Date: Thu, 22 Dec 2011 23:55:26 +0400 From: Solar Designer <solar@...nwall.com> To: john-dev@...ts.openwall.com Subject: Re: Bit slice implementation of DES based hashes On Thu, Dec 22, 2011 at 11:31:14PM +0530, piyush mittal wrote: > > Also, do you understand why the get_hash() functions process a few > > initial elements of B only? > > No this I am not getting.Why here only B have taken? Not only B is taken, but several initial elements of B are - from 4 for DES_bs_get_hash_0() to 27 for DES_bs_get_hash_6(). (I am referring to 1.7.9's revision of these.) > Is here just 1st bit of each hash is checking?? JtR has several algorithms to check whether the computed hash matches one of those loaded for cracking or not. Which one of these algorithms is used depends on the number of loaded hashes with a given salt. A straightforward approach would be to have a get_hash() function that would for a given index (bit layer if we're talking bitslice) return the full computed hash value. For DES-based hashes, this function would typically return a 64-bit value. With a bitslice implementation, this value would be based on all elements of B (with one bit taken out of each element). JtR would then compare this value against each hash loaded for cracking (or each with the current salt, if applicable). But this would be inefficient, so JtR does not do it. Instead, when the number of loaded hashes (which share a given salt) is small, it calls cmp_all() to compare one of the loaded hashes against all recently computed hashes. For example, a bitslice implementation on a machine with 128-bit SIMD vectors (e.g., x86-64 with SSE2) may compute 128 hashes at a time. The corresponding cmp_all() function compares one loaded hash against all of the 128 computed hashes in fewer than 128 iterations. On x86-64 it does this in 12 iterations on average (this is 2*log2(64)). Now, when the number of loaded hashes is large (for the current salt, if applicable), even the cmp_all() algorithm is not good enough. We'd have to be calling this function for each loaded hash, which would be time-consuming. Thus, one of the get_hash*() functions is called for every computed hash instead, returning partial hashes (4-bit to 27-bit in version 1.7.9). This function's return value is used as array index to identify the hash bucket that might contain the computed hash (if we have a full match). Typically, the get_hash*() function and the hash table size to use are chosen such that very few loaded hashes share a hash bucket, if at all. In fact, some hash buckets may be empty (in those cases, it is instantly determined that a computed hash does not match any of the hashes loaded for cracking). If the number of hashes computed at a time is N (128 in the example above) and the number of hashes loaded for cracking that share a given salt is M, then complexity of the two algorithms is roughly: log2(N) * M for the cmp_all() algorithm N for the algorithm involving get_hash*() As you can see, the former is preferable for small M and the latter for large M. In either case, if the algorithm indicates a likely match, it might not tell us which of the loaded hashes was cracked and what the corresponding index is (such that we can retrieve the corresponding plaintext password that was tested). Additionally, partial hashes may be used with these algorithms (e.g., 32-bit), which is why I wrote "likely". Thus, in those relatively infrequent cases, further checks are done with cmp_one() and cmp_exact() to confirm a match and to identify which hashes got cracked (yes, more than one may get cracked with one set of hash computations). Do you see why get_hash*() do not need to return the full hash values? > and Does DEPTH here represents total number of words present?? No. DEPTH is a macro that may expand either to empty string or to [depth]. The latter is used when we're dealing with SIMD vectors larger than machine word size - e.g., 128-bit with SSE2, whereas the native word size is just 64 or 32 bits. In get_hash*() functions, we need to extract some bits from just one bit layer. We do this with regular (non-SIMD) operations and machine words (in fact, even these are wider than necessary since we're dealing with just one bit layer in these functions). Thus, we split the bit layer index into two components: native machine word "depth" (which word in a SIMD vector we're dealing with currently) and bit position in that word. You can see this in the init_depth() macro: #define init_depth() \ depth = index >> ARCH_BITS_LOG; \ index &= (ARCH_BITS - 1); Alexander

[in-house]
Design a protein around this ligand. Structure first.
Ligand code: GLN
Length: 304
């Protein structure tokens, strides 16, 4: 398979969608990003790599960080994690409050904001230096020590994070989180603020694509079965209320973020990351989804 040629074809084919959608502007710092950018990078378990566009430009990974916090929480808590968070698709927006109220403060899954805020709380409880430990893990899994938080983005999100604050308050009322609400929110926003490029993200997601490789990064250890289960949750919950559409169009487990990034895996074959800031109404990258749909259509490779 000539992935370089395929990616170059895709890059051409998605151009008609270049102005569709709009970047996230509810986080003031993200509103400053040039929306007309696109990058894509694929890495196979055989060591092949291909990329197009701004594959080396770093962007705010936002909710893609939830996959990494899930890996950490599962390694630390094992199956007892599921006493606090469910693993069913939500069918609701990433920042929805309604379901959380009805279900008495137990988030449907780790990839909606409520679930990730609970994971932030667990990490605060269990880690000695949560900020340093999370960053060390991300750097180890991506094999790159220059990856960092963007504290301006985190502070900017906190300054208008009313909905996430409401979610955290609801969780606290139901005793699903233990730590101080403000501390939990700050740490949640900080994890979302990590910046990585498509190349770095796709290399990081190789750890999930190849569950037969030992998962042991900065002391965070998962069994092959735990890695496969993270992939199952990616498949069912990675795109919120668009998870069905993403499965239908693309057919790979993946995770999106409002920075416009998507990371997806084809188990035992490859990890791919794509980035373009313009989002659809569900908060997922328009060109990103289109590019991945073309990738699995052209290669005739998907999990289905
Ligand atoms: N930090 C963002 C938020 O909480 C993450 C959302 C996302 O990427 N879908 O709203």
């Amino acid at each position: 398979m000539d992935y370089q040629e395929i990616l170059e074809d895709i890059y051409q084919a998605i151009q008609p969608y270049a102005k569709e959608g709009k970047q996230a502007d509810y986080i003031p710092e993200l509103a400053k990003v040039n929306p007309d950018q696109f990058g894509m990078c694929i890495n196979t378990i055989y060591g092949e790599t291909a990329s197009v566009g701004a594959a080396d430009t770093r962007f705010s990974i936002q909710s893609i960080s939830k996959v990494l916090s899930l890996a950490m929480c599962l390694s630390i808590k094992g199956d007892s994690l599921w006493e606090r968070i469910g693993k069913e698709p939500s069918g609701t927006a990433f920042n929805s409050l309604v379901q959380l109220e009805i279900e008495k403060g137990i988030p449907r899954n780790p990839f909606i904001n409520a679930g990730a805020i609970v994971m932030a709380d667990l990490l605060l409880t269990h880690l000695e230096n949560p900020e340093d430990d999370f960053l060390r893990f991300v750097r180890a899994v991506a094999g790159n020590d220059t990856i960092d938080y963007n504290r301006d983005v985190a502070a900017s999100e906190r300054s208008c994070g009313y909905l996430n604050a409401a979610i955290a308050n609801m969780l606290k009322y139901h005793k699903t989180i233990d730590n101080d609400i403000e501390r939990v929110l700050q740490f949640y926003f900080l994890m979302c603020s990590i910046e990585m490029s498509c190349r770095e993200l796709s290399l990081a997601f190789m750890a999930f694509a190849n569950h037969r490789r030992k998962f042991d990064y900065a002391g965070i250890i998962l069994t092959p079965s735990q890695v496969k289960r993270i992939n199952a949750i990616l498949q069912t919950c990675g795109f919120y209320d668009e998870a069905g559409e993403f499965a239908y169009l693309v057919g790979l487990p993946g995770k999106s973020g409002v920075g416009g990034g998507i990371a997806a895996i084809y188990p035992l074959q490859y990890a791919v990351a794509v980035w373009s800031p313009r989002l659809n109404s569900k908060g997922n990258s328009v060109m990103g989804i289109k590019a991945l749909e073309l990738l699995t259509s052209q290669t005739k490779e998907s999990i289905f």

Powered by blists - more mailing lists
Confused about mailing lists and their use? Read about mailing lists on Wikipedia and check out these guidelines on proper formatting of your messages.